As a result of zero-tolerance policies applied with gender and racial bias, students of color are removed from their learning environments and unnecessarily exposed to the criminal justice system, something referred to as the school-to-prison pipeline. Girls in particular face unique challenges when it comes to zero-tolerance policies that don’t allow for individual discretion by a teacher or counselor. Sexual trauma and harassment, high incidence of interpersonal violence, teen pregnancy, and family responsibilities contribute to emotional, behavioral, and practical challenges that affect a girls’ school life.

Excessive discipline cases have been making the news for years now, bringing the issue to light. Recently, video footage from a Baltimore middle school shows the beating and pepper-spraying of three girls by a school security officer. In 2014, a Detroit honor roll student was suspended during her senior year for accidentally bringing a pocketknife to a football game, and in 2007 a six-year-old Florida girl was arrested for having a tantrum. This report is the first of its kind to bring attention to the fact that girls of color are nowhere near exempt from harsh treatment and it does not make sense to focus policy on boys alone.

News coverage of stories like these helps to inform a wider audience of issues facing Black girls and the AAPF report includes a social media campaign to do the same. The hashtag #BlackGirlsMatter tracks the conversation on Twitter and has produced thoughtful responses regarding Black girls in the school-to-prison pipeline, the gender and race biases that cause this disparity, and the way Black women and girls have long been left out of conversations on addressing racially biased policies and practices.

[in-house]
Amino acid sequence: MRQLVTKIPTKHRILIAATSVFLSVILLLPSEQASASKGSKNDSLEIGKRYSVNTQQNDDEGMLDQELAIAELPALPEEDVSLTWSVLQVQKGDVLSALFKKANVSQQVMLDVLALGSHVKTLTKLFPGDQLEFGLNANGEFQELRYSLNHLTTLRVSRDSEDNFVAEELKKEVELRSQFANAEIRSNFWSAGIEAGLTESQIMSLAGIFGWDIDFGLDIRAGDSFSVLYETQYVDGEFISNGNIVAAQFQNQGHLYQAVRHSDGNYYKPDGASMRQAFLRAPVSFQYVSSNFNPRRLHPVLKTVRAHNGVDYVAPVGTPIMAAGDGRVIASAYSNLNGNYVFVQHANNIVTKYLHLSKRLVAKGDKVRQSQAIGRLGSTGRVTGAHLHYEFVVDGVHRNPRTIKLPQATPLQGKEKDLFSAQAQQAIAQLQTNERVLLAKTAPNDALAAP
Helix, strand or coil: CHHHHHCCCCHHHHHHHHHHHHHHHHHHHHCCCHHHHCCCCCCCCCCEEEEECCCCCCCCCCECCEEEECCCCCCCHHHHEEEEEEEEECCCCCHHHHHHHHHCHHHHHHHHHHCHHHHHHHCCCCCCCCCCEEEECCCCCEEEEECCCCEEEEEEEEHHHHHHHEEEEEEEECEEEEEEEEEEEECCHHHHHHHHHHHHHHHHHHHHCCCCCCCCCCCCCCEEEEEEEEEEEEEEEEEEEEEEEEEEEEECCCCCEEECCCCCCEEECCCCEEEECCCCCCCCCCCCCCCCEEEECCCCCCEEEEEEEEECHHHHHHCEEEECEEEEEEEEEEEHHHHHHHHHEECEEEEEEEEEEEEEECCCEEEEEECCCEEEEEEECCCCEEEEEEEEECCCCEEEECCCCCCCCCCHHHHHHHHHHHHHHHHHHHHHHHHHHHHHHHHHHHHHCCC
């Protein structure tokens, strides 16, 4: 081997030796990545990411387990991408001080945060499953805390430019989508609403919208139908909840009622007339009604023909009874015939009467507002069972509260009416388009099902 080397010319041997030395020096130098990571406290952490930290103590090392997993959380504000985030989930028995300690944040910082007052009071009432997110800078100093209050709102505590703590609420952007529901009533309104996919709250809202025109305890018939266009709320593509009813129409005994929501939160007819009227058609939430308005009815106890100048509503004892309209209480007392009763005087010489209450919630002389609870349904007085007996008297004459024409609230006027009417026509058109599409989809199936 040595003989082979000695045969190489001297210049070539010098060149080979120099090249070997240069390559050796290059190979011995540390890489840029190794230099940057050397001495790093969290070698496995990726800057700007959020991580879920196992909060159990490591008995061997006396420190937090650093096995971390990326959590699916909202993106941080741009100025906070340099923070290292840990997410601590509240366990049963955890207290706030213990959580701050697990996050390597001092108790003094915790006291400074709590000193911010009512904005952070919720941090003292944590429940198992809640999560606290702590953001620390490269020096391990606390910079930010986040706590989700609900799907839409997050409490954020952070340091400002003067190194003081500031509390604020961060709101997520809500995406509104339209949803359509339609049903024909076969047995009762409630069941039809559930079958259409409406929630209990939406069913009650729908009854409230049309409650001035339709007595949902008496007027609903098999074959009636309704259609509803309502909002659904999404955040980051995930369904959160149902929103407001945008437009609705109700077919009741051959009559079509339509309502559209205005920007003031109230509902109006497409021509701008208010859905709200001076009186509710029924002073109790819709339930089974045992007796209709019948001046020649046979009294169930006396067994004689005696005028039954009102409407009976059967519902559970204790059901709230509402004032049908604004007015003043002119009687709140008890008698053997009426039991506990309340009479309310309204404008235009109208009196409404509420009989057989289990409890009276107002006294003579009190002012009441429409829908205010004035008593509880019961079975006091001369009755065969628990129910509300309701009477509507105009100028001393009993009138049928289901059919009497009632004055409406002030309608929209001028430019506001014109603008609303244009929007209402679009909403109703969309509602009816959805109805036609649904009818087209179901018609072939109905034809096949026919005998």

An important fact raised in the report is that girls are largely excluded from current efforts to break down the school-to-prison pipeline. It’s generally thought that boys suffer worse consequences than their female counterparts, and unfortunately, this myopic thinking influences policy. While the overall number of Black men who are the direct victims of a racially biased criminal justice system is higher than the number of Black women, this often translates to a complete disregard for Black women and girls. Just as it is possible to address the difficulties officers face in policing while at the same time holding them accountable to the public, it is also possible to tackle the needs of Black men and women at the same time. Outside of the Black feminist community, not enough attention is paid to Black women and girls who suffer the same injustices, but are not acknowledged.